Referring now to FIG. 5, a dielectric filter employing the present invention is shown in a exploded perspective view. A block of dielectric material 501 is placed in a carrying bracket 503 which performs the multiple functions of providing a rigid mounting platform such that dielectric block 501 may be inserted into a printed circuit board or other substrate, providing simplified input and output connections via feed through terminals 505 and 507, and providing positive ground contact between the conductive outer surface of dielectric block 501 and bracket 503 via contacts 509, 510, 511, 512, and other contacts not shown. Contacts 509 and 510 additionally provide a dielectric block 501 locating function within the bracket 503. Mounting bracket 503 further provides mounting tabs 515-525 to locate and support the bracket and filter on a mounting substrate and provide positive ground contact for radio frequency signals from the mounting bracket 503 to the receiving mounting substrate. A mounting bracket for a dielectric filter has been disclosed in U.S. patent application No. 656,121, "Single-Block Dual-Passband Ceramic Filter", filed in behalf of Kommrusch on Sept. 27, 1984 and assigned to the assignee of the present invention. This previously disclosed bracket, however, does not provide the simplified mounting of the bracket of the present invention.
In one preferred embodiment the dielectric filter 501 consists of a ceramic material and utilizes seven internally plated holes as foreshortened resonators to produce a band pass filter for operation in radio bands reserved for cellular mobile telephone. In this embodiment the conductive plating covering the ceramic block 501 extends conformally on all surfaces except that on which the resonator plating is wrapped from the holes onto the outer surface. Thus, holes 529-535 have corresponding plating 537-543 metallized on the outer surface of block 501. These areas 537-543 are electrically separate from the ground plating but provide capacitive coupling to the ground plating. Additionally, an input plated area 547 and an output plated area 549 provide capacitive coupling between the input terminal 505 and the coaxial resonator formed from the internally plated hole 529 and its externally plated area 537 while plated area 549 provides capacitive coupling between the output terminal 507 and the output resonator formed from plated hole 535 and external plated area 543. Ground stripes 553-558 are plated between the coaxial resonator plated holes in order that inter-resonator coupling is adjusted.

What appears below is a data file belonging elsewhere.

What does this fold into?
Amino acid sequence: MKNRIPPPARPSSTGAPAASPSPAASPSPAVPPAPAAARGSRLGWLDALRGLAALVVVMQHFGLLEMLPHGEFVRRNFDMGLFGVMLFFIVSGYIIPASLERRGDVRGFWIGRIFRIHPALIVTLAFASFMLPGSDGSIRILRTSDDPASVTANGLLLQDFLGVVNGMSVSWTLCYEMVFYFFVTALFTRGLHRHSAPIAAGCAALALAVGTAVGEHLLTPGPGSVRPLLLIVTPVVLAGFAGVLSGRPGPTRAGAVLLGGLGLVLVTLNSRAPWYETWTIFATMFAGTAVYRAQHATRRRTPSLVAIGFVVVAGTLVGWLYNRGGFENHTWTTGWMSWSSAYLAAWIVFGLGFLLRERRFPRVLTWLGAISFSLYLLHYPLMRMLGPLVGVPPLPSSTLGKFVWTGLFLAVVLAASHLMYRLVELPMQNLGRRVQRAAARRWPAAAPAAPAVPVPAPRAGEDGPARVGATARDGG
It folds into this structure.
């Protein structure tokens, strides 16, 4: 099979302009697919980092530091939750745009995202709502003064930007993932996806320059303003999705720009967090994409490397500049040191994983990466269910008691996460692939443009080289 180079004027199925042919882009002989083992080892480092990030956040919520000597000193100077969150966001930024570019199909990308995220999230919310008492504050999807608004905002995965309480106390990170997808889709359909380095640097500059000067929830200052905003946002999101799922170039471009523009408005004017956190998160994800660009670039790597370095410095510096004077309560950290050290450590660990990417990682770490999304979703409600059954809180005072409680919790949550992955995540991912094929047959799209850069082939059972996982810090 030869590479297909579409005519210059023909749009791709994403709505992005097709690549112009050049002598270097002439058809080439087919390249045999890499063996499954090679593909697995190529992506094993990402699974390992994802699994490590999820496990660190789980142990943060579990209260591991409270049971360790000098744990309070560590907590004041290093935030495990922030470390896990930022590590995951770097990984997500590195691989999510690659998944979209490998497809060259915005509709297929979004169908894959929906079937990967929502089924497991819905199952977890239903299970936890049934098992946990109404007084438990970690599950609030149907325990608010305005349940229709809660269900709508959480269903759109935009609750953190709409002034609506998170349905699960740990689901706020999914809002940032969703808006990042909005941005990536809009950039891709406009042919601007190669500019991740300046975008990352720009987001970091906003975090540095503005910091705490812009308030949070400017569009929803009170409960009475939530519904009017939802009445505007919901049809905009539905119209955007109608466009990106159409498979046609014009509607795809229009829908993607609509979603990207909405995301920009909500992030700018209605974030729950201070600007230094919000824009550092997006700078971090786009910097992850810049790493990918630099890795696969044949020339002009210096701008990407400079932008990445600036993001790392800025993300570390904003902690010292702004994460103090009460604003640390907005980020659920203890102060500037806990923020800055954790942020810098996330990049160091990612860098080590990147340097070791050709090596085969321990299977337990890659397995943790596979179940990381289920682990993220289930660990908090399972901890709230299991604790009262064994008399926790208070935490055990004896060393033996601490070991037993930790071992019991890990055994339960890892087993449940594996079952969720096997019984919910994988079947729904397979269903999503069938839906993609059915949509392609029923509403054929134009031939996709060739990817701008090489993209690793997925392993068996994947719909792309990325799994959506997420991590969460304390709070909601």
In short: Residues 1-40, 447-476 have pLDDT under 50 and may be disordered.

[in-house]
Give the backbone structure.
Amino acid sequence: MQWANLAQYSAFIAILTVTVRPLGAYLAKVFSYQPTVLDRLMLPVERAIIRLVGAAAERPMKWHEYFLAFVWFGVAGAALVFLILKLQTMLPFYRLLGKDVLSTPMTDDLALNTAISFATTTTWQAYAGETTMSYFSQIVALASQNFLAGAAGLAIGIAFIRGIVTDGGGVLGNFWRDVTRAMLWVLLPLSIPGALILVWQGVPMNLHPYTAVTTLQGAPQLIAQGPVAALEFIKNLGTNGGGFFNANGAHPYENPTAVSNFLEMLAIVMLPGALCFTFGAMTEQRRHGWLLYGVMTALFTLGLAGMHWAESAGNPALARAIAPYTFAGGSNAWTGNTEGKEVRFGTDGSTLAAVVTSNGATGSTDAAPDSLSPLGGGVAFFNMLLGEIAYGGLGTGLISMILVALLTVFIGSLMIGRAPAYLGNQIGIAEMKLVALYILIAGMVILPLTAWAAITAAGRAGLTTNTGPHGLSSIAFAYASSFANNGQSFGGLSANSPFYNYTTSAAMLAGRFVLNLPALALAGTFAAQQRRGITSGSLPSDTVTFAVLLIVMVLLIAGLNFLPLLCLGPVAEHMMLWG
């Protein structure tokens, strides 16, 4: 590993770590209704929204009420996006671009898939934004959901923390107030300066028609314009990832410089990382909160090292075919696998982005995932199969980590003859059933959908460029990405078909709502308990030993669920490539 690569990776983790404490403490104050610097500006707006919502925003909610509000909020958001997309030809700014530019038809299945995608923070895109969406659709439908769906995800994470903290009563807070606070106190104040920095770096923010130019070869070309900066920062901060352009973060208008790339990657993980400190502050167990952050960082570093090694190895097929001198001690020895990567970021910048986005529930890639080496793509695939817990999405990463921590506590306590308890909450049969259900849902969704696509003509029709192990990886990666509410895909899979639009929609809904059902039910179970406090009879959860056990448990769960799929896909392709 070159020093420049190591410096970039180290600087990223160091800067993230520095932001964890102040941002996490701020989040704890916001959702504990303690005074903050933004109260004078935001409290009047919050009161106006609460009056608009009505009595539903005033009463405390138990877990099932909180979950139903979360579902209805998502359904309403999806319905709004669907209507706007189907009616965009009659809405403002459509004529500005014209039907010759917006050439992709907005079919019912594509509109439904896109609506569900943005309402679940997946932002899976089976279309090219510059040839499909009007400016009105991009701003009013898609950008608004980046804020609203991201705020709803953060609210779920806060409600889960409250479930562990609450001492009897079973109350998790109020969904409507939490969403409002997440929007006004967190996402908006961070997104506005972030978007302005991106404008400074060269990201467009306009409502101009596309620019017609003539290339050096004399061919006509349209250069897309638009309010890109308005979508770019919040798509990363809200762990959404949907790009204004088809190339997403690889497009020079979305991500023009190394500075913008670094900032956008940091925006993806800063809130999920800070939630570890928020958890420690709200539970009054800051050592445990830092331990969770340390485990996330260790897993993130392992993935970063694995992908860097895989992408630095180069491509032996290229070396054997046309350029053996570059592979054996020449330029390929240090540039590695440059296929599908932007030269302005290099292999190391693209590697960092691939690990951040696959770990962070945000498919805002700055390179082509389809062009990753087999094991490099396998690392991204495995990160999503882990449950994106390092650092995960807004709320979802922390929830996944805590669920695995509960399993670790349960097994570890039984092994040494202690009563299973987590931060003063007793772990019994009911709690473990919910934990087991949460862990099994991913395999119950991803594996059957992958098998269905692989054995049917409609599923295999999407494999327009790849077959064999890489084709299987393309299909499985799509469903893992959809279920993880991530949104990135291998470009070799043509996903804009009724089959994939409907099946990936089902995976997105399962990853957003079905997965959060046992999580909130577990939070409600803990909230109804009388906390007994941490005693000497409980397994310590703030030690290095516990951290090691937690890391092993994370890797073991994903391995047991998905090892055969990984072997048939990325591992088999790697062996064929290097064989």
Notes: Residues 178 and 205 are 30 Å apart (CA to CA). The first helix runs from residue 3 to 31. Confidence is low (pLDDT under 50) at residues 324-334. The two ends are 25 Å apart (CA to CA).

Ceramic block 501 is inserted into bracket 503 with the externally plated resonator areas 537-543 oriented downward into the bracket 503 such that additional shielding is afforded by the bracket 503. Input mounting pin 505 is connected to plated area 547 and output terminal 507 is connected to plated area 549 as shown in FIG. 6. Input terminal 505, which may be a low shunt capacity feed through such as a 100B0047 terminal manufactured by Airpax Electronics Inc., consists of a solderable eyelet 601 and insulating glass bead 603 supporting a center conductor 605. The eyelet 601 is conductively bonded to bracket 503 to provide a secure mounting for the input connector 505. The center conductor 605 is brought into contact with plated area 547 by the dimensions of the bracket 503 and the block 501. The center conductor 605 is soldered or otherwise conductively bonded at one end to area 547 to provide a reliable RF connection to plated area 547. The other end of the center conductor 605 may then be easily soldered or plugged into a substrate which holds the mounting bracket 503. A similar construction is employed for output terminal 507 and its associated plated area 549.
A detail of the mounting bracket 503 is shown in FIG. 7. The spacing of the mounting tabs 515-525 is shown in detail for the preferred embodiment. These spacings are important at the frequencies of operation of this filter in order to maintain maximum ultimate attenuation. Low ground path inductance in the mounting bracket is realized by placing mounting tabs 517 and 519 close to the input and output ports (505 and 507 of FIG. 5 respectively) and the remainder of the tabs above the side and bottom of the bracket 503. Connection between the dielectric block 501 and bracket 503 is assured near the input and output terminals by contacts similar to contacts 511 and 512 located close to the terminals. All contacts, 509, 510, 511, and 512 (and the equivalent contacts on the opposite side of the brackets not shown), may be soldered or otherwise bonded to the dielectric block 501 such that electrical connection may be permanently assured.